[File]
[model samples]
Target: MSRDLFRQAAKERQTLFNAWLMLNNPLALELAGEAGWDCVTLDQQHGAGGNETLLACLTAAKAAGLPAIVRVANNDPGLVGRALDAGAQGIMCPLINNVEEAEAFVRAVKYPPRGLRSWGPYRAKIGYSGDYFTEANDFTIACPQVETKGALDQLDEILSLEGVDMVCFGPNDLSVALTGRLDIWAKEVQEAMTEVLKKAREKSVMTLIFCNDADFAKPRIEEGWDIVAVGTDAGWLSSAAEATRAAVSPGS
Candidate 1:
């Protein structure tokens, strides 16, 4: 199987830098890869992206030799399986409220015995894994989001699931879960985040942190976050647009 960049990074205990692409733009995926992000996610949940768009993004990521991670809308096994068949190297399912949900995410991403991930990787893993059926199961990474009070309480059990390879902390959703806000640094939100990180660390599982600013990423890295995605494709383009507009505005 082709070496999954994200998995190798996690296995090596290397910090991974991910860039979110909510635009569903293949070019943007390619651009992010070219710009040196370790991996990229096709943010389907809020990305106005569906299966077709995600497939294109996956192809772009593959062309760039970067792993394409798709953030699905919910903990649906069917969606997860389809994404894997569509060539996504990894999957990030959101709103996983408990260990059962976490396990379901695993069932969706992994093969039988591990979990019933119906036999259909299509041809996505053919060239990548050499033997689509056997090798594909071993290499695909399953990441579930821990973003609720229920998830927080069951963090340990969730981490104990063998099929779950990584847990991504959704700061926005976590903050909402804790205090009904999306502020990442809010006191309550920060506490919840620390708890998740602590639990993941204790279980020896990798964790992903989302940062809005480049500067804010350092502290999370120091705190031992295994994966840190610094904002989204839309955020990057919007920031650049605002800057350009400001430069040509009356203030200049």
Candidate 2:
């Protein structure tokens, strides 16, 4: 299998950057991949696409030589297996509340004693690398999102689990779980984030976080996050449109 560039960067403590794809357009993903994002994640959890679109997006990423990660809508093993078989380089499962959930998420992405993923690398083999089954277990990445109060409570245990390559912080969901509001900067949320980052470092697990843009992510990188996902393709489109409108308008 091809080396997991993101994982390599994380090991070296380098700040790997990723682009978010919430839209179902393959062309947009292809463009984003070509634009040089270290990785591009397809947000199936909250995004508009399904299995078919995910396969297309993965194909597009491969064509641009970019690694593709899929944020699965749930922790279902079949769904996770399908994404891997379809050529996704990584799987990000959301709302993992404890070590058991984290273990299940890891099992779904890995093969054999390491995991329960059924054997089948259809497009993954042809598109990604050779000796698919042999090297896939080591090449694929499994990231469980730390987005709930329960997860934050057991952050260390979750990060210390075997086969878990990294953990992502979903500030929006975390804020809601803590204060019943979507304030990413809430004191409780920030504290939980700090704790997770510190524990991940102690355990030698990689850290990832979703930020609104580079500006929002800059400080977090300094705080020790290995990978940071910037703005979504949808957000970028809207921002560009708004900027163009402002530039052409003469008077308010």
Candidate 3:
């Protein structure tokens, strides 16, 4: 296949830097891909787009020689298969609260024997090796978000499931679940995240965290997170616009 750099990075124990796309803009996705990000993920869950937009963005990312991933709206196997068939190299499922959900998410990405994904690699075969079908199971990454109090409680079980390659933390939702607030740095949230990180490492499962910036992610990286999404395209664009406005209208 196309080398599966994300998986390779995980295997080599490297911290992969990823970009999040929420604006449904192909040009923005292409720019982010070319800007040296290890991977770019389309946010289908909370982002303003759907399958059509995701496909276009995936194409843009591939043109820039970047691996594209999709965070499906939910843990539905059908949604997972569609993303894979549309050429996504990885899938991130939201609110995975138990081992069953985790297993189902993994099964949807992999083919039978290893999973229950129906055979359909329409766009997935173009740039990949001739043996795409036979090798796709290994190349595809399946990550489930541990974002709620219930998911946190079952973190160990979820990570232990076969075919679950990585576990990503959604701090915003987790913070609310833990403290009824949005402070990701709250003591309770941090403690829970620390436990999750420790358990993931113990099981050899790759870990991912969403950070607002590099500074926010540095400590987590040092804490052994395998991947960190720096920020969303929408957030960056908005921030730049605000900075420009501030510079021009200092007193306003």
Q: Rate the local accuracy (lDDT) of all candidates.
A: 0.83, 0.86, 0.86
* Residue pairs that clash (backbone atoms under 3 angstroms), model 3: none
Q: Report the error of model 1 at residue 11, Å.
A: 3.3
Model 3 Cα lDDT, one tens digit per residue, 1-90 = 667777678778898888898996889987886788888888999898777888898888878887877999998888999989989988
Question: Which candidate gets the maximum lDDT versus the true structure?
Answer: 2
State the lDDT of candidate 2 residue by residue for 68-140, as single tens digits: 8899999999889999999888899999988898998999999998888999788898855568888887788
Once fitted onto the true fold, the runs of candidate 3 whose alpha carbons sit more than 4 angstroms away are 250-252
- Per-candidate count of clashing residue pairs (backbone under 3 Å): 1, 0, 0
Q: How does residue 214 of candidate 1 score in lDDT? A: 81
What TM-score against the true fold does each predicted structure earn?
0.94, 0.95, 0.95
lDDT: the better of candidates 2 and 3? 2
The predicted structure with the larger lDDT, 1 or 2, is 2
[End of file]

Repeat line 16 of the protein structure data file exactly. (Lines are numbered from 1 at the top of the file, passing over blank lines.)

Answer: 2